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Aran Islands

The Aran Islands (Oileáin Árann in Irish) is a group of islands located offshore from Galway in Ireland. The archipelago of the Aran Islands consists of three islands named Inis Mór, Inis Meáin ve Inis Oírr. These islands are under the control of the Galway County. The landscape of the Aran Islands is very traditional and unique, with little traditional villages and a small community of local people. Spending a night in Kilronan is recommended to meet locals and travelers at the pub of the city. Inishmore can be easily visited by bike in a day.
For unspoilt natural beauty, Aran Island does not disappoint. An archipelago of three islands, the largest, and most visited is a place where you can explore local, authentic life, and meet some of the friendliest, and welcoming people you’ll ever come into contact with. Of course, the scenery is the major winner here, and the islands are known to have some of the jaw-dropping natural scenery on the planet. Think wind-swept, rugged, not a soul for miles, and you’re not far wrong. With the Atlantic bashing the coastline during the winter months, you can expect a truly castaway feel to a visit here, an ideal antidote to a busy life. Under ownership of County Galway, on clear days, you can see over to Scotland, as well as the Irish mainland, with Inis Mor being the most frequently visited of the three islands. The ferry over to the islands during the winter months can be a little rough, so if you do suffer from sea sickness, remember to take your medication.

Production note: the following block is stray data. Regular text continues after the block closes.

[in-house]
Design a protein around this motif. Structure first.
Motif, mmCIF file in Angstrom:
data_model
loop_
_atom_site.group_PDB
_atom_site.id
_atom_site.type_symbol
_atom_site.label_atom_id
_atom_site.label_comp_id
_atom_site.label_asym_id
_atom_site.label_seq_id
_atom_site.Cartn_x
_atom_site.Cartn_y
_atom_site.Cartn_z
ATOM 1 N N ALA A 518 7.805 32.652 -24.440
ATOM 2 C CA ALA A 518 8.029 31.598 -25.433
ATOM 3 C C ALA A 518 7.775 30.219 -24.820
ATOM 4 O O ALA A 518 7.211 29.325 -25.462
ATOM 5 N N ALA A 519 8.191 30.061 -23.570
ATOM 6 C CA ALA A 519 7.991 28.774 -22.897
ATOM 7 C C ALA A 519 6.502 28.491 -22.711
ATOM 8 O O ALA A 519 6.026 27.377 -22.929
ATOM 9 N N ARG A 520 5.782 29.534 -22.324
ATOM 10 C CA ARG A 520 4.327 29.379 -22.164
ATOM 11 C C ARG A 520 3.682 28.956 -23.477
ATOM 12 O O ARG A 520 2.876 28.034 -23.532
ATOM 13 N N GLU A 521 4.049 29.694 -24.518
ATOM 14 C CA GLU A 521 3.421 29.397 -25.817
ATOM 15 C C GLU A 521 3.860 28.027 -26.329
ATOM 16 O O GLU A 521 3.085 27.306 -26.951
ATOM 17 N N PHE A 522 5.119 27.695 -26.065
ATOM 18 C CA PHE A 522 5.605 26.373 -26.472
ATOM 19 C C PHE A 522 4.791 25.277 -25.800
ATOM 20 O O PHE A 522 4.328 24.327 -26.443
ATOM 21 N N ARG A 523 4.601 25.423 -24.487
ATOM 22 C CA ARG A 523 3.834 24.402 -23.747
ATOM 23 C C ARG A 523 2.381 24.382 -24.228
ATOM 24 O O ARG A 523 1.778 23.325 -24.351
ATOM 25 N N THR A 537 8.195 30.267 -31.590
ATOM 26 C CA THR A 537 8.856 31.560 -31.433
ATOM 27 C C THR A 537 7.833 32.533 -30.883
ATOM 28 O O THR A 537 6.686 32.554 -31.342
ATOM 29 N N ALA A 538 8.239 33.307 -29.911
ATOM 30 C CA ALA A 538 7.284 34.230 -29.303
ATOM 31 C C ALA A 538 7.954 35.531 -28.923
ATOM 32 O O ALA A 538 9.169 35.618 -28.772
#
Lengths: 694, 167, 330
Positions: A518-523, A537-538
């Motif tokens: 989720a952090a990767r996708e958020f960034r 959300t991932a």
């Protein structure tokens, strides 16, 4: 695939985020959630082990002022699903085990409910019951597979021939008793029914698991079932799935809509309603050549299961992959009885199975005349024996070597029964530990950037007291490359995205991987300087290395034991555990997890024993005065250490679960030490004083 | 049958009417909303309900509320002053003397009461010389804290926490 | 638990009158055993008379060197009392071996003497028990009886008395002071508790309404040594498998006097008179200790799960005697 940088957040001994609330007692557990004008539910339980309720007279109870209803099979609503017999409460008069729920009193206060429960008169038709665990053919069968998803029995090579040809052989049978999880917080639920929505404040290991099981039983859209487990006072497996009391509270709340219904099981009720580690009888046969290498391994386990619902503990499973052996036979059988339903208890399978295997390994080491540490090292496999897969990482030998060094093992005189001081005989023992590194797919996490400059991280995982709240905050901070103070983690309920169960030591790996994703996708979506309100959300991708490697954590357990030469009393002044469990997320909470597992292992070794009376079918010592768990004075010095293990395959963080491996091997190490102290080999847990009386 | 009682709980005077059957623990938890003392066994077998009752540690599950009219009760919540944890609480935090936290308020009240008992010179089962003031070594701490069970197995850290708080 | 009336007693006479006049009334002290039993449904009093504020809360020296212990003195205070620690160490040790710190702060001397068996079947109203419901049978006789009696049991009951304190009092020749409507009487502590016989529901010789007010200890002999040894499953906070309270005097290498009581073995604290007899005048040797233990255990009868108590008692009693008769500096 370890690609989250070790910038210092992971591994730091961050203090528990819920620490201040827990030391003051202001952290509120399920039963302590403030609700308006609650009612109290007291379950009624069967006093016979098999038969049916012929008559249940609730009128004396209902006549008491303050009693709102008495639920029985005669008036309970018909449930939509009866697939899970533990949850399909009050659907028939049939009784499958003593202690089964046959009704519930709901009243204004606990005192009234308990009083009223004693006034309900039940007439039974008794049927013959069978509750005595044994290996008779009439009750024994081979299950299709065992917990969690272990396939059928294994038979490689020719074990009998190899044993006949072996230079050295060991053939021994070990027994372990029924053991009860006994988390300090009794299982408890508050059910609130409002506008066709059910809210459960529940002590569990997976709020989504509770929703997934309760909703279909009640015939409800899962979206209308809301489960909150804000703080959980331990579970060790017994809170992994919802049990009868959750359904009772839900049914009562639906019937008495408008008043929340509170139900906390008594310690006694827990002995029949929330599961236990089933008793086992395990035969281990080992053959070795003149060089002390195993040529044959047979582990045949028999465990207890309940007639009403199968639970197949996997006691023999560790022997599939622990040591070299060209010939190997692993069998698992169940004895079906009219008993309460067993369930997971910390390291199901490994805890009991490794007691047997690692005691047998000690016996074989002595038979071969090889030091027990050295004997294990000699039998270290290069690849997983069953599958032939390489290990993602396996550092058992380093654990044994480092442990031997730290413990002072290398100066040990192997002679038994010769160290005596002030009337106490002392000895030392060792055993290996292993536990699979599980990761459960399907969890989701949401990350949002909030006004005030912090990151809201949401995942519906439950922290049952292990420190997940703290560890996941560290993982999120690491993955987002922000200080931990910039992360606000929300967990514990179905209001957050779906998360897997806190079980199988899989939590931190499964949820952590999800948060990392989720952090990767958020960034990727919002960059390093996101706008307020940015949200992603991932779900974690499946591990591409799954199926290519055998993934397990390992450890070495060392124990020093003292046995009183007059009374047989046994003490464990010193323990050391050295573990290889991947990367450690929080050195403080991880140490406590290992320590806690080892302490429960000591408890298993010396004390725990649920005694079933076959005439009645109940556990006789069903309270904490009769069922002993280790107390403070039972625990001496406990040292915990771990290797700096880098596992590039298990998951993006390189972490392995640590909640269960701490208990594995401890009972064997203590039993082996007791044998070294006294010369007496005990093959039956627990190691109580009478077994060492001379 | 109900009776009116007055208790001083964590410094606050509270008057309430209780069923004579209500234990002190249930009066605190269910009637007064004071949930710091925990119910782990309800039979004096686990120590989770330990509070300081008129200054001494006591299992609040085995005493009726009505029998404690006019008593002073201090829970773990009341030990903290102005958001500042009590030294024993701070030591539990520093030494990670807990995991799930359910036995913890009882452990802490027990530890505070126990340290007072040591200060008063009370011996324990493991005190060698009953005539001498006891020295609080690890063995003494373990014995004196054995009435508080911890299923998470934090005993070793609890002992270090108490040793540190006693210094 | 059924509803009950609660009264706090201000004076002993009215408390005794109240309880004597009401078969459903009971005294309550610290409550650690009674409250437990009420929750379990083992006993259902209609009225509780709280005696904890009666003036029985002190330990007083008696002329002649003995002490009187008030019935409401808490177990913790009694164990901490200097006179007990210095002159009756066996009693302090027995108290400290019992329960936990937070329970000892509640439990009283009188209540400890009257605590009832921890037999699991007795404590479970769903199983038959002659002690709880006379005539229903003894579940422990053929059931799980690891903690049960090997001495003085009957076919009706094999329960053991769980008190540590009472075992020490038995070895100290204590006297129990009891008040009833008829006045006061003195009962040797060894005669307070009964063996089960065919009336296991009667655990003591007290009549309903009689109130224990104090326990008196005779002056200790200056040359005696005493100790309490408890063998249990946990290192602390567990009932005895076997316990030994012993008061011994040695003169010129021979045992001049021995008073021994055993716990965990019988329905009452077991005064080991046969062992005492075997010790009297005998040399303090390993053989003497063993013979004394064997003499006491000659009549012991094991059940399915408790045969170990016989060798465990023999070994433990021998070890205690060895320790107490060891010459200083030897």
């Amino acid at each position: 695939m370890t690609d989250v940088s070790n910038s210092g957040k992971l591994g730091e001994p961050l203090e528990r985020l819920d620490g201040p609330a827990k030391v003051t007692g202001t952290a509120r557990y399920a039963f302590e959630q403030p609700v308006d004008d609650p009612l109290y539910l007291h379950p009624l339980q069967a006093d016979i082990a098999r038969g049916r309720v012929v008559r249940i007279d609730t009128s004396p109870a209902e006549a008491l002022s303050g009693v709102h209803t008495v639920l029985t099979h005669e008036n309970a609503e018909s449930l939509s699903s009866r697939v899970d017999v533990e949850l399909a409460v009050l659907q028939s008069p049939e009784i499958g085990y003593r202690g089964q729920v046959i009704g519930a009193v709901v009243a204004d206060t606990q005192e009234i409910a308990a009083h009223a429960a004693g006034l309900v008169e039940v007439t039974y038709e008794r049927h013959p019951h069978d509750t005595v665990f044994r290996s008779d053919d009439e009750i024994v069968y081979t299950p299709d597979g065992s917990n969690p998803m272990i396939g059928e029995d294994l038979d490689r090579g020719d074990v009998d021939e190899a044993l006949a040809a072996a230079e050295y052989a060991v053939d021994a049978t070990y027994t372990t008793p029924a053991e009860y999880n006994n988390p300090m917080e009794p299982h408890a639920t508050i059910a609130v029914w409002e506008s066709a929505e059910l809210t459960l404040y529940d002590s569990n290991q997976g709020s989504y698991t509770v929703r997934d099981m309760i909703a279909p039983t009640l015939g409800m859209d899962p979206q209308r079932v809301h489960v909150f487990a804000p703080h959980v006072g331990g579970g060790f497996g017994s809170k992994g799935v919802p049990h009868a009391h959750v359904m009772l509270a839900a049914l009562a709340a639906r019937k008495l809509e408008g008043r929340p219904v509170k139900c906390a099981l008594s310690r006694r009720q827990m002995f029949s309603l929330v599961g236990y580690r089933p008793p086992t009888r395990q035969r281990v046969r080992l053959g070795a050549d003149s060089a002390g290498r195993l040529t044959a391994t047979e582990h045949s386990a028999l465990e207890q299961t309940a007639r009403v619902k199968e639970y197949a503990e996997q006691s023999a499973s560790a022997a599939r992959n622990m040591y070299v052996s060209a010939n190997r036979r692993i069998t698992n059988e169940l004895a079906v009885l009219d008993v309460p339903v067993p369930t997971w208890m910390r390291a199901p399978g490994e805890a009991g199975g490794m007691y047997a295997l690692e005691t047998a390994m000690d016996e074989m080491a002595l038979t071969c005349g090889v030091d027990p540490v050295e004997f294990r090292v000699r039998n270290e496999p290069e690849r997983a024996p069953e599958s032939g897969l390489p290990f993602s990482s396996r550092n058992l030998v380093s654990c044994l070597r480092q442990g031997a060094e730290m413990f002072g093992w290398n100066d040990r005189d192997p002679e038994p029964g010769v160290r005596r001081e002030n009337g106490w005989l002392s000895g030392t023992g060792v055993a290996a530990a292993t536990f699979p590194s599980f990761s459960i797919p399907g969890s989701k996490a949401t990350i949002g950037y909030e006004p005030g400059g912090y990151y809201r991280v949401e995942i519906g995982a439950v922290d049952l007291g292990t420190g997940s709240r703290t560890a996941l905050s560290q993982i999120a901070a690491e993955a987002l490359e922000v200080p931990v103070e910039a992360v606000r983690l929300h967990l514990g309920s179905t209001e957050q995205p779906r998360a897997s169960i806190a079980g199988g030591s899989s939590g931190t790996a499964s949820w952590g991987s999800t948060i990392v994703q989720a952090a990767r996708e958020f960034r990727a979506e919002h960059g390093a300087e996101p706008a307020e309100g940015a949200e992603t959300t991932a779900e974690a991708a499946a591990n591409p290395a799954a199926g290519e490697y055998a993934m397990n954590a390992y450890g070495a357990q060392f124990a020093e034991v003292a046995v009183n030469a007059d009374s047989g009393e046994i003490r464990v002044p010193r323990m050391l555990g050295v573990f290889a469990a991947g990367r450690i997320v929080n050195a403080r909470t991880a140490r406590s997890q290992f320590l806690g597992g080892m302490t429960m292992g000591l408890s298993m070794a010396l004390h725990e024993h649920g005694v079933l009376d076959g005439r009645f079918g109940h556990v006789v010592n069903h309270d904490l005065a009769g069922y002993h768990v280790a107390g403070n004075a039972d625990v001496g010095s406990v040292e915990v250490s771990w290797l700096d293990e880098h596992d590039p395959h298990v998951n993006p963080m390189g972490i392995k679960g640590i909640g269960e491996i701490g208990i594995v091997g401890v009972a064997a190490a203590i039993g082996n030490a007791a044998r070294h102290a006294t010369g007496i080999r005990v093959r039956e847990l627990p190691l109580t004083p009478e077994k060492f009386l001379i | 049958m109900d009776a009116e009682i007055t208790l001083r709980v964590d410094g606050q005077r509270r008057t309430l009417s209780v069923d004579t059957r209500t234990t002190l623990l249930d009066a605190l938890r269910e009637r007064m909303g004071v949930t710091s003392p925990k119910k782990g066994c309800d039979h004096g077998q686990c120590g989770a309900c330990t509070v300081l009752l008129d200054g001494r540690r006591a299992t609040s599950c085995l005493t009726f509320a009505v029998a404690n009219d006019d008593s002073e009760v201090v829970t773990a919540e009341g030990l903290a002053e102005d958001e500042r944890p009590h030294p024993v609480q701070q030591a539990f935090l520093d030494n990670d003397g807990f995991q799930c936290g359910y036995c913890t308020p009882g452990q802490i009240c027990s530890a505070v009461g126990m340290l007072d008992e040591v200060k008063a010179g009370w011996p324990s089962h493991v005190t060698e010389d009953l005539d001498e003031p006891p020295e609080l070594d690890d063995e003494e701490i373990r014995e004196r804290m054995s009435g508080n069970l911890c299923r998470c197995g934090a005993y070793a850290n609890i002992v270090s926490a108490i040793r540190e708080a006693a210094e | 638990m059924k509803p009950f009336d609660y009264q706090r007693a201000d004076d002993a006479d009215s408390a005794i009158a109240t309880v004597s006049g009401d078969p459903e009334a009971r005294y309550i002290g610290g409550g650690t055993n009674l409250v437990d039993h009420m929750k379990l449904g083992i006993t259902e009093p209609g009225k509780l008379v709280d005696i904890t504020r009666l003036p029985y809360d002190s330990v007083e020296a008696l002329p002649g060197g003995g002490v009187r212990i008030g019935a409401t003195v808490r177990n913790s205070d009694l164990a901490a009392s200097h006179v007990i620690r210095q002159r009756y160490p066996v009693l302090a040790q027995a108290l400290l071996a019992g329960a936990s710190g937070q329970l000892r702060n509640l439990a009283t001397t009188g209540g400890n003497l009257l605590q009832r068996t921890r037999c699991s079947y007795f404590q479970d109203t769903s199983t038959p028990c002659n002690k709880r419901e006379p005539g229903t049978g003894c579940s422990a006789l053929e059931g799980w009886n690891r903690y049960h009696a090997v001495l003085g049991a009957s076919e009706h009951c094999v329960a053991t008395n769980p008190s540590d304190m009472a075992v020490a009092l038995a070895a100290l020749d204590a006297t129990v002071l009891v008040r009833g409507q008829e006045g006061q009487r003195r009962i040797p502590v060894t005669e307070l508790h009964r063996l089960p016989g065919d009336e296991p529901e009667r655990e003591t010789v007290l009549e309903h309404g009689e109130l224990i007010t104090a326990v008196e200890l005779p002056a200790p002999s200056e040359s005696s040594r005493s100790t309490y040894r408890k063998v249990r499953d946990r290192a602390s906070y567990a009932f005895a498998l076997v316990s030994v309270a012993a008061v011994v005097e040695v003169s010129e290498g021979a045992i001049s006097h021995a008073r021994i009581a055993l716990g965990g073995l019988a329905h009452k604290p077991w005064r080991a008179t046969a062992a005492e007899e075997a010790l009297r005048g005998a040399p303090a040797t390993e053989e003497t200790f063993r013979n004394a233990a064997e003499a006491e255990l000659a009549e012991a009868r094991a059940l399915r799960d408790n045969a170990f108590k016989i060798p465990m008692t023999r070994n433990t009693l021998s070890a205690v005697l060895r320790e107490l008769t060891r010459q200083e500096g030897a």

The original inhabitants of Aran Island knew how to protect their land, and evidence of that is still seen today, with huge stone forts which have stood up to some of the strongest winds and storms the Atlantic can bring. Today, around 900 people live on the island, but that doesn’t take into account tourists visiting, to experience the tranquility and peace that the island is known for. This is not a destination that ever feels crowded however, and actually feels quite isolated, making it the ideal getaway. Irish is still the prevalent language on the island, but English is widely spoken too. Despite that, most signs are still in Irish, so you may have to ask for directions if you have a specific destination in mind! Despite the small size, the island is one for exploration. You can bike ride to Dun Aognhasa, one of the most scenic bike rides you’ll ever set your eyes on, or you can don your walking boots and explore on foot. There are some rocky sections once you leave the paved roads however, so be aware of the terrain before you set off. There are many historic and natural sights to see on the island, including the aforementioned Dun Aognhasa, which is a huge fort, located high on a cliff. The fort is very well preserved and has been renovated several times, to allow visitors to experience it. Do be careful towards the cliff edge however, as there are no fences in place. The Black Fort is a great spot to visit, however it can take some navigating to get there, as you will have to walk the last section. The fort is completely surrounded by high cliffs, and that gives it a less touristic feel than any of the other forts on the main island. Of course, this being a stunning, isolated island, Aran Island has some beautiful golden beaches to explore, with clear water lapping at the shores. During the winter it’s not advised to head towards the ocean, however the summer months are ideal for enjoying the sun and cooling down. Another activity to enjoy is totally free, and that is to check out the amazing sunsets in the early evenings. There are many small country pubs you can sit outside and enjoy the sight, with friendly locals happy to chat.